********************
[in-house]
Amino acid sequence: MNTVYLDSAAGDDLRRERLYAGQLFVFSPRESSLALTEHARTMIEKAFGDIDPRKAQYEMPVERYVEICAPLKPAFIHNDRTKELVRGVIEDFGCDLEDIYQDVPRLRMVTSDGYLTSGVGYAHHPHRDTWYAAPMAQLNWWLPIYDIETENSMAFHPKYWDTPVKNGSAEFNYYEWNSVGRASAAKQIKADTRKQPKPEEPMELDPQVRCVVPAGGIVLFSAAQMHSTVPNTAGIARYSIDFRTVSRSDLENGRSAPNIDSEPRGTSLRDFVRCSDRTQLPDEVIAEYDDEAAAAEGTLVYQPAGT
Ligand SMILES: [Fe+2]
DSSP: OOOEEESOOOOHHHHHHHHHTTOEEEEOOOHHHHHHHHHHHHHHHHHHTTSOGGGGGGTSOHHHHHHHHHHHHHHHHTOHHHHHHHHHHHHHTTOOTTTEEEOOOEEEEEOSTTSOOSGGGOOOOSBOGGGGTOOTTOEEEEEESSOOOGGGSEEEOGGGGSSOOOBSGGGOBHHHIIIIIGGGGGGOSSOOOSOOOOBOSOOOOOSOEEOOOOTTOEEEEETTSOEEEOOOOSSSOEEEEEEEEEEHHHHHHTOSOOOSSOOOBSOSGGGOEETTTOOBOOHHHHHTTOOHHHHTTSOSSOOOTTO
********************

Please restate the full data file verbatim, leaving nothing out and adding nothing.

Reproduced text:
[in-house]
Amino acid sequence: MNTVYLDSAAGDDLRRERLYAGQLFVFSPRESSLALTEHARTMIEKAFGDIDPRKAQYEMPVERYVEICAPLKPAFIHNDRTKELVRGVIEDFGCDLEDIYQDVPRLRMVTSDGYLTSGVGYAHHPHRDTWYAAPMAQLNWWLPIYDIETENSMAFHPKYWDTPVKNGSAEFNYYEWNSVGRASAAKQIKADTRKQPKPEEPMELDPQVRCVVPAGGIVLFSAAQMHSTVPNTAGIARYSIDFRTVSRSDLENGRSAPNIDSEPRGTSLRDFVRCSDRTQLPDEVIAEYDDEAAAAEGTLVYQPAGT
Ligand SMILES: [Fe+2]
DSSP: OOOEEESOOOOHHHHHHHHHTTOEEEEOOOHHHHHHHHHHHHHHHHHHTTSOGGGGGGTSOHHHHHHHHHHHHHHHHTOHHHHHHHHHHHHHTTOOTTTEEEOOOEEEEEOSTTSOOSGGGOOOOSBOGGGGTOOTTOEEEEEESSOOOGGGSEEEOGGGGSSOOOBSGGGOBHHHIIIIIGGGGGGOSSOOOSOOOOBOSOOOOOSOEEOOOOTTOEEEEETTSOEEEOOOOSSSOEEEEEEEEEEHHHHHHTOSOOOSSOOOBSOSGGGOEETTTOOBOOHHHHHTTOOHHHHTTSOSSOOOTTO